One of the most confusing--but also coolest--aspects of the English language is how easily we can take a word and use it as a different part of speech. Verbs can become nouns, nouns can become adjectives, and so on. In the phrase "Japan earthquake," the noun "Japan" is used as an adjective to describe which specific earthquake is being talked about. A "Japanese earthquake" would be using the adjective Japanese to imply that there are different sorts of earthquakes: Japanese earthquakes being different from American ones. This sounds sort of funny, and it is.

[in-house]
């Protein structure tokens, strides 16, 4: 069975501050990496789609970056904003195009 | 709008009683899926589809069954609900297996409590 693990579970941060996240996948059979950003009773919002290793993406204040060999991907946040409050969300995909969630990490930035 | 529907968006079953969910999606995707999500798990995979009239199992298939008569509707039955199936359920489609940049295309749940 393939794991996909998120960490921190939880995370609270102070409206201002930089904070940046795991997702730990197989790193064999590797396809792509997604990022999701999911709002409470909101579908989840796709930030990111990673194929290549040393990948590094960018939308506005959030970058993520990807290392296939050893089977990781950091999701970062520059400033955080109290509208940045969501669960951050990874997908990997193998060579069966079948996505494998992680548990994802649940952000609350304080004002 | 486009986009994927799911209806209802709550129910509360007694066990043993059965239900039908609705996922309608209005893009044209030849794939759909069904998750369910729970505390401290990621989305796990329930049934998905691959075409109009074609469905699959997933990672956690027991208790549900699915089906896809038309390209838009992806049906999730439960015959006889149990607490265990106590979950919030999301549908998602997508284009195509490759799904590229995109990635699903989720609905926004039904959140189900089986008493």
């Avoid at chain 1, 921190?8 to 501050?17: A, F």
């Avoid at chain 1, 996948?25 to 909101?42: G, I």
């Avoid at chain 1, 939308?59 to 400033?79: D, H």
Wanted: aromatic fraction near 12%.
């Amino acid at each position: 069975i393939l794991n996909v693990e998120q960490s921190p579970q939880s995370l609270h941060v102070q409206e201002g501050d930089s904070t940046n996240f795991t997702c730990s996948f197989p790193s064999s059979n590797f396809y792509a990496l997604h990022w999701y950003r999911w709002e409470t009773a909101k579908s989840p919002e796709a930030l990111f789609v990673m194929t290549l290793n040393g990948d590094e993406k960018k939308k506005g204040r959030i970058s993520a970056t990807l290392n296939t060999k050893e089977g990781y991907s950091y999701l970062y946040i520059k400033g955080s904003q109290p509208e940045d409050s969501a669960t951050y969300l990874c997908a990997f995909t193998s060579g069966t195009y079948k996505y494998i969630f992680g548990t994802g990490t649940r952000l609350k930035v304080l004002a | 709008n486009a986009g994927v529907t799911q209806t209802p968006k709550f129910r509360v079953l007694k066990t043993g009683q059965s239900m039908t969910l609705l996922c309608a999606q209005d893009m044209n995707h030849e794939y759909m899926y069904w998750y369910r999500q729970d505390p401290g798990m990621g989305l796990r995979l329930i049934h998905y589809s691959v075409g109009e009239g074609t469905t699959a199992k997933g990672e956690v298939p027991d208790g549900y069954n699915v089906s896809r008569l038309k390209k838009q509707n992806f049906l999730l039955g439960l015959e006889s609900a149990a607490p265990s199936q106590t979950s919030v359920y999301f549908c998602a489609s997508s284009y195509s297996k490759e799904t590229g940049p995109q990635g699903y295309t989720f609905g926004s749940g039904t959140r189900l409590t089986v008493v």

"Japan earthquake" is really just a slightly informal shorthand. In formal English, one ought to say something like "the earthquake in Japan" or "Japan's recent earthquake." But journalism and the internet are changing English, and probably most other languages, to be as short and concise as possible.